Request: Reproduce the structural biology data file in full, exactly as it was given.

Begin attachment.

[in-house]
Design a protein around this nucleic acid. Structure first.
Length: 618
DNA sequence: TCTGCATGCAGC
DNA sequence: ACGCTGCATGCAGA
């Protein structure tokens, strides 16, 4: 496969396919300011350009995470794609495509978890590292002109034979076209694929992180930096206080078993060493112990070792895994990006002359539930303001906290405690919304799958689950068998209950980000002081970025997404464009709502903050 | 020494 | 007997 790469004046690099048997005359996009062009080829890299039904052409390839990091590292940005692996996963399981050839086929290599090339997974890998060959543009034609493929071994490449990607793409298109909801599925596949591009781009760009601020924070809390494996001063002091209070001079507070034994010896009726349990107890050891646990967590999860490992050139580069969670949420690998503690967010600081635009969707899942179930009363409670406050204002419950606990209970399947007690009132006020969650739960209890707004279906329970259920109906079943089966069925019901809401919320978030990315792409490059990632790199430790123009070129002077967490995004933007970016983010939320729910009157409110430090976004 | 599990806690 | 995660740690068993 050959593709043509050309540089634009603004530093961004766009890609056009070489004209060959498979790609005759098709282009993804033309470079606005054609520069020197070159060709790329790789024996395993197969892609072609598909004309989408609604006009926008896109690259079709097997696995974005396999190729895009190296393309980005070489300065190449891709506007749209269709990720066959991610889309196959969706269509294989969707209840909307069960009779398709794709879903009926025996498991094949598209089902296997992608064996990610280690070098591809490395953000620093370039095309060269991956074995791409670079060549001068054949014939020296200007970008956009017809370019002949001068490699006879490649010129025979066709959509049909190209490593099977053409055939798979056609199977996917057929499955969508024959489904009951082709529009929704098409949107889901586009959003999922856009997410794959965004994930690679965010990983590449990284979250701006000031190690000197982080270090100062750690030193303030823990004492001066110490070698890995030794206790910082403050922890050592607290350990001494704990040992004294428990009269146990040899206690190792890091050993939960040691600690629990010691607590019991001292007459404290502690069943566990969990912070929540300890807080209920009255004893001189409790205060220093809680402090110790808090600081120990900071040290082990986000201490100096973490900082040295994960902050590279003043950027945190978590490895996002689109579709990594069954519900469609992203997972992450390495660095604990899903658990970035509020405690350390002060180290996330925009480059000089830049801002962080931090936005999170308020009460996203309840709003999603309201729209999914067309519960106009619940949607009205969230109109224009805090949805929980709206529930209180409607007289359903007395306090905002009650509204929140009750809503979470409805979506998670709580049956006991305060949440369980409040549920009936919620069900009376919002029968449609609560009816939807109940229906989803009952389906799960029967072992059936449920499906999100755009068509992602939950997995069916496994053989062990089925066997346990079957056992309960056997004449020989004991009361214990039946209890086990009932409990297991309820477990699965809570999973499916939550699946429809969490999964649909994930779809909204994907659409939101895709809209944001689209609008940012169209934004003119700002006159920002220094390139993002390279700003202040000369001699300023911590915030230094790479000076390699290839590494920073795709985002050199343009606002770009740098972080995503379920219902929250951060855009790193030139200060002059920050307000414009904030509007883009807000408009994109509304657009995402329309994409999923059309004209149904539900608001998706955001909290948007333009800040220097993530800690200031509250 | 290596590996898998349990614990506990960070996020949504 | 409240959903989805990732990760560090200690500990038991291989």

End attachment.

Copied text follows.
[in-house]
Design a protein around this nucleic acid. Structure first.
Length: 618
DNA sequence: TCTGCATGCAGC
DNA sequence: ACGCTGCATGCAGA
């Protein structure tokens, strides 16, 4: 496969396919300011350009995470794609495509978890590292002109034979076209694929992180930096206080078993060493112990070792895994990006002359539930303001906290405690919304799958689950068998209950980000002081970025997404464009709502903050 | 020494 | 007997 790469004046690099048997005359996009062009080829890299039904052409390839990091590292940005692996996963399981050839086929290599090339997974890998060959543009034609493929071994490449990607793409298109909801599925596949591009781009760009601020924070809390494996001063002091209070001079507070034994010896009726349990107890050891646990967590999860490992050139580069969670949420690998503690967010600081635009969707899942179930009363409670406050204002419950606990209970399947007690009132006020969650739960209890707004279906329970259920109906079943089966069925019901809401919320978030990315792409490059990632790199430790123009070129002077967490995004933007970016983010939320729910009157409110430090976004 | 599990806690 | 995660740690068993 050959593709043509050309540089634009603004530093961004766009890609056009070489004209060959498979790609005759098709282009993804033309470079606005054609520069020197070159060709790329790789024996395993197969892609072609598909004309989408609604006009926008896109690259079709097997696995974005396999190729895009190296393309980005070489300065190449891709506007749209269709990720066959991610889309196959969706269509294989969707209840909307069960009779398709794709879903009926025996498991094949598209089902296997992608064996990610280690070098591809490395953000620093370039095309060269991956074995791409670079060549001068054949014939020296200007970008956009017809370019002949001068490699006879490649010129025979066709959509049909190209490593099977053409055939798979056609199977996917057929499955969508024959489904009951082709529009929704098409949107889901586009959003999922856009997410794959965004994930690679965010990983590449990284979250701006000031190690000197982080270090100062750690030193303030823990004492001066110490070698890995030794206790910082403050922890050592607290350990001494704990040992004294428990009269146990040899206690190792890091050993939960040691600690629990010691607590019991001292007459404290502690069943566990969990912070929540300890807080209920009255004893001189409790205060220093809680402090110790808090600081120990900071040290082990986000201490100096973490900082040295994960902050590279003043950027945190978590490895996002689109579709990594069954519900469609992203997972992450390495660095604990899903658990970035509020405690350390002060180290996330925009480059000089830049801002962080931090936005999170308020009460996203309840709003999603309201729209999914067309519960106009619940949607009205969230109109224009805090949805929980709206529930209180409607007289359903007395306090905002009650509204929140009750809503979470409805979506998670709580049956006991305060949440369980409040549920009936919620069900009376919002029968449609609560009816939807109940229906989803009952389906799960029967072992059936449920499906999100755009068509992602939950997995069916496994053989062990089925066997346990079957056992309960056997004449020989004991009361214990039946209890086990009932409990297991309820477990699965809570999973499916939550699946429809969490999964649909994930779809909204994907659409939101895709809209944001689209609008940012169209934004003119700002006159920002220094390139993002390279700003202040000369001699300023911590915030230094790479000076390699290839590494920073795709985002050199343009606002770009740098972080995503379920219902929250951060855009790193030139200060002059920050307000414009904030509007883009807000408009994109509304657009995402329309994409999923059309004209149904539900608001998706955001909290948007333009800040220097993530800690200031509250 | 290596590996898998349990614990506990960070996020949504 | 409240959903989805990732990760560090200690500990038991291989």